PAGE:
The study of developed capital markets suggests that information provided in financial statements has lost its value relevance to equity holders. The purpose of this paper is to explore this issue in the emerging market of Qatar.Design/methodology/approachFollowing other studies in the literature, the study examines the value relevance of earnings and book values using the price valuation model provided by Ohlson (1995). A total of 215 observations were collected from all firms listed on the Qatari Stock Exchange over a period of five years (2012–2016).FindingsThis study suggests that the value relevance of both earnings and book values has noticeably decreased over the sample period. However, its results show that the decline in the value relevance of earnings favored book values.Research limitations/implicationsLike other studies, this one has limitations that suggest areas for future research. For example, in Qatar, like other emerging markets, a lack of data prevents the performance of deep analysis. Additionally, the authors only use Ohlson’s (1995) model as a framework for evaluation. It would be interesting to explore the changes when examining alternative valuation models. Another limitation is that the authors examine only two accounting measures: earnings and book values. Further research could explore changes in the value relevance of other measures, such as cash flow.Practical implicationsThese findings provide empirical evidence regarding the value relevance of earnings and book values in an emerging market.Originality/valueTo the authors’ knowledge, this paper provides the first empirical evidence regarding the value relevance of earnings and book values in the emerging capital market of Qatar.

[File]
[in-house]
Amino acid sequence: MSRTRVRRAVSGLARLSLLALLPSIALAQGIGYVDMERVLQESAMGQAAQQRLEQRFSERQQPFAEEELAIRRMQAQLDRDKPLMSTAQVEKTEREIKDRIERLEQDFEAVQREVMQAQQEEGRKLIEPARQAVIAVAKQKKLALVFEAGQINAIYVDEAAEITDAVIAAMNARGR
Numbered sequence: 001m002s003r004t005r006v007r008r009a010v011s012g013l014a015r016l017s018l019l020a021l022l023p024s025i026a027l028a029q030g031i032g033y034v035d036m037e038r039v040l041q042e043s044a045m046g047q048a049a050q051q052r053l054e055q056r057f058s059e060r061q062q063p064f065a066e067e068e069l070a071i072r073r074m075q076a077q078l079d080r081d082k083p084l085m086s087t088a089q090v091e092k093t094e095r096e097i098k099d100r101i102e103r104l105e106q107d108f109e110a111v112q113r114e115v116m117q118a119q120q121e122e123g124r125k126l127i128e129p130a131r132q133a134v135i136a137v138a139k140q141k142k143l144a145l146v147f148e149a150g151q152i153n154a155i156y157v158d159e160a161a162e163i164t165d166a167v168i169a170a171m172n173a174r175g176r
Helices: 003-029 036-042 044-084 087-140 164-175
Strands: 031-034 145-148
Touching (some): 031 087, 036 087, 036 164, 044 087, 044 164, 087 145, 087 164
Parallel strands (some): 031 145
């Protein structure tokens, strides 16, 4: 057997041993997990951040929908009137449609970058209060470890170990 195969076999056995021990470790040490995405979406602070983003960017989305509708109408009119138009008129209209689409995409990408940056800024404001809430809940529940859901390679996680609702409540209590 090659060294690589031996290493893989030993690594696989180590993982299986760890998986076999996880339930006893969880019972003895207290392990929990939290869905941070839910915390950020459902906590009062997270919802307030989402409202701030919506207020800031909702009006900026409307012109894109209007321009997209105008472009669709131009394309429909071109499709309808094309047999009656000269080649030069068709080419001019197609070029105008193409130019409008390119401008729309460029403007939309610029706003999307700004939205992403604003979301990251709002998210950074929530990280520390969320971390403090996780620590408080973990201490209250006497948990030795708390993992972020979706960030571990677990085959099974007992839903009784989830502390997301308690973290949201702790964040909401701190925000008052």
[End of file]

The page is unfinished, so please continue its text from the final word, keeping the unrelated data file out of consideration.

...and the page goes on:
EuroMed Journal of Business – Emerald Publishing
Published: Mar 20, 2019
Keywords: Qatar; Financial statements; Value relevance; Emerging capital markets; Ohlson’s model